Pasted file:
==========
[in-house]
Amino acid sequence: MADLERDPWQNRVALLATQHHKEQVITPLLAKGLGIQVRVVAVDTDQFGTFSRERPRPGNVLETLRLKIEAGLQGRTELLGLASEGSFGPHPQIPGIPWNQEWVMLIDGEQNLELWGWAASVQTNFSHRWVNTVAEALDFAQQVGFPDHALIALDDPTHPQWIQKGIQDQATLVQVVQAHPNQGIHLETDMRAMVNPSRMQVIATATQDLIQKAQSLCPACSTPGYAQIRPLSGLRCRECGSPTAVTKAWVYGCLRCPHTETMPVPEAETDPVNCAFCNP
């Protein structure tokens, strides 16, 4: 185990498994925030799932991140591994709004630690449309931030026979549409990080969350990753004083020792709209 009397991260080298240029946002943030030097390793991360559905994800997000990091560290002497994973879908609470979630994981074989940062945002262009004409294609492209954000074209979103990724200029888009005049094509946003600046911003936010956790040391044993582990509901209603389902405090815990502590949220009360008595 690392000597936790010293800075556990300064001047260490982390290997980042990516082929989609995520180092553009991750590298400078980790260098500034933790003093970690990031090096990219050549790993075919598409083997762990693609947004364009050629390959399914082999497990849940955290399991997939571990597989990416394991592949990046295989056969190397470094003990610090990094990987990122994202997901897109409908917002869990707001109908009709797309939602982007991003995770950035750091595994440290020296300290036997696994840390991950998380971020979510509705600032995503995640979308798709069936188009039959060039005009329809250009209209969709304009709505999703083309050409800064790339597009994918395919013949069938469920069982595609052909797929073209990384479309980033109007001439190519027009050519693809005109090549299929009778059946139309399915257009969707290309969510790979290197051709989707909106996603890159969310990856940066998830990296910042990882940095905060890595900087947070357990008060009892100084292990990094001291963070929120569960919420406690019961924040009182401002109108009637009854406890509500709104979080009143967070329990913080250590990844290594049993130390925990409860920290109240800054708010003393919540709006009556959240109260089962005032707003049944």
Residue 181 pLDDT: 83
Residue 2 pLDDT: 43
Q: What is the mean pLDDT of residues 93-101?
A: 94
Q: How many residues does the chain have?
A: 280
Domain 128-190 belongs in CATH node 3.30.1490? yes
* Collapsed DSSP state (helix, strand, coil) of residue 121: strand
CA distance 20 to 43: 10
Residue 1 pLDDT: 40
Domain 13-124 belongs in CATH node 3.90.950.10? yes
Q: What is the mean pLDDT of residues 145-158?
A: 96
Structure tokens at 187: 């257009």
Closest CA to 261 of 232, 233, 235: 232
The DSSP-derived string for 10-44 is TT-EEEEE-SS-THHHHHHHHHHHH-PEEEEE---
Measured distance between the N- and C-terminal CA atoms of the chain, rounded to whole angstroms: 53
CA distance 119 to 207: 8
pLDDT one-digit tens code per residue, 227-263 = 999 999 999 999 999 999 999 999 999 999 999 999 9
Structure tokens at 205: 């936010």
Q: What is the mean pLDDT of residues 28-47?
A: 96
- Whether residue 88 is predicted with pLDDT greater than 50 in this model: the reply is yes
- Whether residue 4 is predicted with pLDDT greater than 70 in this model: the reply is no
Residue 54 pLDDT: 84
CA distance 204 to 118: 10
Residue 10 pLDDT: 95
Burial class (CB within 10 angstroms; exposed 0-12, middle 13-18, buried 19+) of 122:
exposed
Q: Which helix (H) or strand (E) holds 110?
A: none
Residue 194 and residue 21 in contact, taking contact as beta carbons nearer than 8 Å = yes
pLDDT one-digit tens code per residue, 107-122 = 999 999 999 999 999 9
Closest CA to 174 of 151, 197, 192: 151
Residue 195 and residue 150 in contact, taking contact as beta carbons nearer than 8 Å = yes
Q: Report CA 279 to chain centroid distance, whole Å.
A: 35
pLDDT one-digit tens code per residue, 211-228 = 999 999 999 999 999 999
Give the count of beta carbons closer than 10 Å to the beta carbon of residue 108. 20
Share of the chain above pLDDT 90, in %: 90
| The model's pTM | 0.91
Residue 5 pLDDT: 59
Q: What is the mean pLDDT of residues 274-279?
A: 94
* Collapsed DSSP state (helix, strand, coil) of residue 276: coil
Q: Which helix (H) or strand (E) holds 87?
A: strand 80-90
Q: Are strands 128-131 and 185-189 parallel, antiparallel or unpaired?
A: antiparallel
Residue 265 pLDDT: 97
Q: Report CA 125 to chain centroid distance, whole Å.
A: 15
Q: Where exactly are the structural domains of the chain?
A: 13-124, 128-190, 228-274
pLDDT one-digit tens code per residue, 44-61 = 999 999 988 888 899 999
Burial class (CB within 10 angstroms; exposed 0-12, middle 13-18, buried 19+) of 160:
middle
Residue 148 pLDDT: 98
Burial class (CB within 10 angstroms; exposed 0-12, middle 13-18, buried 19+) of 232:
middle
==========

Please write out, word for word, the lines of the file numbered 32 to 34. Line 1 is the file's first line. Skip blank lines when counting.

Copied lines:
exposed
Q: Which helix (H) or strand (E) holds 110?
A: none